Skip to main content

L. Frank Baum collection

Call Number: YCAL MSS 13

Scope and Contents

The L. Frank Baum Collection contains some of Lyman Frank Baum's writings, production reviews, programs and advertisements, plus correspondence and other papers related to the collecting, publishing, and producing of his works. The material spans the dates 1883-1982.

The collection consists of twenty-nine folders in two boxes. Baum's writings (the first thirteen folders ) are arranged alphabetically and filed with material associated with the production of his works. Folder three contains a typed carbon copy of The Maid of Arran, folder six a fragment of the manuscript for The Tin Woodman of Oz, and folder thirteen a photocopy of the typescript for The Woggle-Bug Book. The items associated with the production of these and other works by Baum include newspaper and magazine reviews, theater programs, advertisements, and a few song book covers. Many of these items are copies (from negative microfilm) of material that was previously removed from a scrapbook. The remaining folders contain alphabetically arranged correspondence, some International Wizard of Oz Club material, and other papers relating to book collecting. Box two contains oversized items.

Most of the letters are addressed to Hogan but other recipients include fellow Baumanians, Jacob Blanck, Stewart Robb, and Mrs. Robert Ford. It was from Mrs. Ford that Hogan purchased The Tin Woodman of Oz manuscript on August 31, 1961.

There is one letter by Baum, an undated reproduction, that discusses the unknown recipient's writings, and a microfilm copy of a greeting card to his grandson. The more illuminating letters from Baum's wife Maud and his sons Frank and Robert contain anecdotes from Baum's life and information about the production of Baum's books on stage or in film.

The other letters give information about Baum's use of pseudonyms, variations in Baum's book titles and covers, and general bibliographic data.

The International Wizard of Oz Club material provides a glimpse into the mass-appeal of Baum's stories. The collection concludes with some book lists with prices. Oversize material, primarily advertisements and reviews associated with Baum's writings, is located at the end of the collection.

Charles Beecher Hogan's large L. Frank Baum collection is cataloged as printed material for The Beinecke Rare Book and Manuscript Library and includes books, articles, scrapbooks, and illustrated games.


  • 1883-1982 (inclusive)


Conditions Governing Access

The materials are open for research.

Conditions Governing Use

The L. Frank Baum Collection is the physical property of the Beinecke Rare Book and Manuscript Library, Yale University. Literary rights, including copyright, belong to the authors or their legal heirs and assigns. For further information, consult the appropriate curator.

Immediate Source of Acquisition

Gift of Charles Beecher Hogan in 1968, 1977, 1979, and 1982.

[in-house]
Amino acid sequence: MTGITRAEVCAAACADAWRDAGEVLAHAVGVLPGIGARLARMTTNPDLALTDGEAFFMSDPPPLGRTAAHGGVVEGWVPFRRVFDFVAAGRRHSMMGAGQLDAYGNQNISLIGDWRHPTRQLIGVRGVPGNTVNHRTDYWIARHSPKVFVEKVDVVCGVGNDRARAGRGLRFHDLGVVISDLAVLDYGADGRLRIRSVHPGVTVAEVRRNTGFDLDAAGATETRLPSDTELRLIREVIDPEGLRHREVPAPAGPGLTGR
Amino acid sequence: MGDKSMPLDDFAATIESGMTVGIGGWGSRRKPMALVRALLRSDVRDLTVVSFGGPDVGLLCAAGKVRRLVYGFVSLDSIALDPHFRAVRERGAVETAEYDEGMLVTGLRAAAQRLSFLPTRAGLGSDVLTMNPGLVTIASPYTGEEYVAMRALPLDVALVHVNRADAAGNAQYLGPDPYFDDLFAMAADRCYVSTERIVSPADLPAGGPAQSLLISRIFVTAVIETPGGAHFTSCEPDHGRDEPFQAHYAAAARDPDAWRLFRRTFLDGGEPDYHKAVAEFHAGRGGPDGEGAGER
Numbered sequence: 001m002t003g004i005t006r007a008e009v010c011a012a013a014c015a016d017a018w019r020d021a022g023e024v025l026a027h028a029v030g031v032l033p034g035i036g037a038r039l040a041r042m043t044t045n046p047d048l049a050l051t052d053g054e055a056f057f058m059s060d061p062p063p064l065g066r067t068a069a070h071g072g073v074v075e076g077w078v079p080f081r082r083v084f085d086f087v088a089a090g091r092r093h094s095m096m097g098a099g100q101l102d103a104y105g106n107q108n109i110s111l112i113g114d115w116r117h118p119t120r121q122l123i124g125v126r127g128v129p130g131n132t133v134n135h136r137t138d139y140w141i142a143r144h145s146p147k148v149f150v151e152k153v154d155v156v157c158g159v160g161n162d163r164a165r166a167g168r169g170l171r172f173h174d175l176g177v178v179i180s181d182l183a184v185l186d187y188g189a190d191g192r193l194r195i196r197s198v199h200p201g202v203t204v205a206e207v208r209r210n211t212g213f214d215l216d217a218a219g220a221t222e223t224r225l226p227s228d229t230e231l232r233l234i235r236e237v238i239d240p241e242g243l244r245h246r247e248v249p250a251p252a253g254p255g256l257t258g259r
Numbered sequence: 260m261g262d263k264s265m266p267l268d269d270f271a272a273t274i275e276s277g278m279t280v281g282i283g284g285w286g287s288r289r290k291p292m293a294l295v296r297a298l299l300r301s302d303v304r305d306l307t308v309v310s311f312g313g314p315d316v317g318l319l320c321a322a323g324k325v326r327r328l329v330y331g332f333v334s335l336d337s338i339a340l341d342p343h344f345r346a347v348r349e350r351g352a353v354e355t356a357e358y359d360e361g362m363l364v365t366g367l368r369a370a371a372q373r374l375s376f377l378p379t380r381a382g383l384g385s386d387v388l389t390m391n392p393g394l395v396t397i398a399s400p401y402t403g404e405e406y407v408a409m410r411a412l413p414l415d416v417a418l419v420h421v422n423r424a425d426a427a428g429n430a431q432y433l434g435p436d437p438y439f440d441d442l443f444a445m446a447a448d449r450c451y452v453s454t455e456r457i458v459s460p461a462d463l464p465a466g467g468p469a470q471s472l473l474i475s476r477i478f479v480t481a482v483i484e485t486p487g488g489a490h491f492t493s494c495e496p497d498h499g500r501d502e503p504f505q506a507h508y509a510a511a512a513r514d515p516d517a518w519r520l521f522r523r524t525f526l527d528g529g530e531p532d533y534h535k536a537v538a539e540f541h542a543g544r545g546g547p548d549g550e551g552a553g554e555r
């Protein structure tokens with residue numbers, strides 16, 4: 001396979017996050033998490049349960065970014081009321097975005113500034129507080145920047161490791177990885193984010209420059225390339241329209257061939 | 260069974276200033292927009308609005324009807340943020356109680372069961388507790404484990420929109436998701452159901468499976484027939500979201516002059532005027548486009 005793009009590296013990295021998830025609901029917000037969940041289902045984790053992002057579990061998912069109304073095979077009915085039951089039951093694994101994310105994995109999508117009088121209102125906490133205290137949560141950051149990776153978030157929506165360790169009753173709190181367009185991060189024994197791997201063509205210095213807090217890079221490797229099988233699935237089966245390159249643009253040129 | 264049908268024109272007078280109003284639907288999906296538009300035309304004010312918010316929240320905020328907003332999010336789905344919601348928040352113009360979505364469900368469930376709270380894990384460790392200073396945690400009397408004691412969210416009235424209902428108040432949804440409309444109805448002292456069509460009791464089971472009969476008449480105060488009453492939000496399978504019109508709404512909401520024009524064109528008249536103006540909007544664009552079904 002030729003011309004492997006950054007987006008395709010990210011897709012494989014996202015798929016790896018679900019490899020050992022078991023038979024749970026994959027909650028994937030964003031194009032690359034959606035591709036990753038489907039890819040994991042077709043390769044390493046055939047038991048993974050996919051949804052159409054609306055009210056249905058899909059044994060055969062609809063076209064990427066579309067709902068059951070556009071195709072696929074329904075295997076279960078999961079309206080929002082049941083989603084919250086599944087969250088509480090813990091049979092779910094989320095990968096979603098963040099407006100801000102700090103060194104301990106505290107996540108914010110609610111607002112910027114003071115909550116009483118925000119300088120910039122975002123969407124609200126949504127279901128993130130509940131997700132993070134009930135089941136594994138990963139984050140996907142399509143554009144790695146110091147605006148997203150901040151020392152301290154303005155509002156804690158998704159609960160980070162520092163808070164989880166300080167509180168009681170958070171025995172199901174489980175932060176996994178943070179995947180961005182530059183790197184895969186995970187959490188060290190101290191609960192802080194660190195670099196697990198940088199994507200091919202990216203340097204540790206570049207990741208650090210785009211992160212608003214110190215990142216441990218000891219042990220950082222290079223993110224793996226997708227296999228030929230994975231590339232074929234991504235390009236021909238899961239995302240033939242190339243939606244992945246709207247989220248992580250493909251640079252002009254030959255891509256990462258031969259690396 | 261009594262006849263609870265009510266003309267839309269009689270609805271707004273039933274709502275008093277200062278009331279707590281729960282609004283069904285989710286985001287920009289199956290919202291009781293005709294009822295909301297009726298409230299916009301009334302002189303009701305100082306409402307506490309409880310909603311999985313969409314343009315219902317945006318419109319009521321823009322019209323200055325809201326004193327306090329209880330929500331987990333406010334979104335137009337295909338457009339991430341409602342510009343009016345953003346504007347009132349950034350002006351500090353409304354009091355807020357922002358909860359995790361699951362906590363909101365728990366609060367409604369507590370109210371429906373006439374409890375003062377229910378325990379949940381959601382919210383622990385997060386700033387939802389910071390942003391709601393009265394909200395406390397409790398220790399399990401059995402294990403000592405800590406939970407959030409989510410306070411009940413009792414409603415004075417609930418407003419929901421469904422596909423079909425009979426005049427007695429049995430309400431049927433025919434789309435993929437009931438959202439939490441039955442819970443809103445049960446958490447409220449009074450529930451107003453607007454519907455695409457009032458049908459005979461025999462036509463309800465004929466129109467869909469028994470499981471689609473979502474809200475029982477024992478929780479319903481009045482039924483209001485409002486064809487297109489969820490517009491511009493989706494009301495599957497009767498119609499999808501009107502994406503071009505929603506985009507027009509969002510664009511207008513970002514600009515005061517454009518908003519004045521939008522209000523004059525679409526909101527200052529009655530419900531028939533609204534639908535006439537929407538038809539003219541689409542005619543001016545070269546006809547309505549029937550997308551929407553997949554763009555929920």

2 Linear Feet (2 boxes)

Language of Materials


Catalog Record

A record for this collection is available in Orbis, the Yale University Library catalog

Persistent URL


The papers contain writings, production reviews, programs and advertisements, plus correspondence and other papers concerned with the collecting, publishing, and producing of Baum and his works.

LYMAN FRANK BAUM (1856-1919)

Lyman Frank Baum, author and playwright known for his children's books about the "Land of Oz," was born in 1856. His early career was in publishing, reporting, and editing for the Rose Lawn Home Journal (Syracuse, N. Y.), the World (New York City), and the Pioneer (Aberdeen, S. D.). In 1897 he established the Show Window, a periodical for window trimmers, and served as its editor until 1902.

In the meantime he dabbled in poetry and prose. His first dramatic work was The Maid of Arran, produced successfully in 1881 in New York City. His first popular book, written in 1899, was Father Goose: His Book. The Wonderful Wizard of Oz was published in 1900 and produced on stage in 1901; altogether Baum wrote fourteen "Oz" books.

He published many other books as well, under such pseudonyms as Floyd Akers, Laura Bancroft, John Estes Cooke, Capt. Hugh Fitzgerald, Suzanne Metcalf, Schuyler Staunton, and Edith Van Dyne.

Baum married Maud Gage in 1882 and had four children, Frank Joslyn, Robert Stanton, Harry Neal, and Kenneth Gage. He died at his home in Hollywood, California on May 6, 1919.

See: The National Cyclopaedia of American Biography, Vol. XVIII, pp. 331-2, for a list of Baum's books. See also: The Dictionary of AmericanBiography, Vol. I., pp. 59-60.

Guide to the L. Frank Baum Collection
Under Revision
by Ellen Zak Danforth
July 1987
Description rules
Beinecke Manuscript Unit Archival Processing Manual
Language of description note
Finding aid written in English.

Part of the Beinecke Rare Book and Manuscript Library Repository

P. O. Box 208330
New Haven CT 06520-8330 US
(203) 432-2977


121 Wall Street
New Haven, CT 06511

Opening Hours

Access Information

The Beinecke Library is open to all Yale University students and faculty, and visiting researchers whose work requires use of its special collections. You will need to bring appropriate photo ID the first time you register. Beinecke is a non-circulating, closed stack library. Paging is done by library staff during business hours. You can request collection material online at least two business days in advance of your visit, using the request links in Archives at Yale. For more information, please see Planning Your Research Visit and consult the Reading Room Policies prior to visiting the library.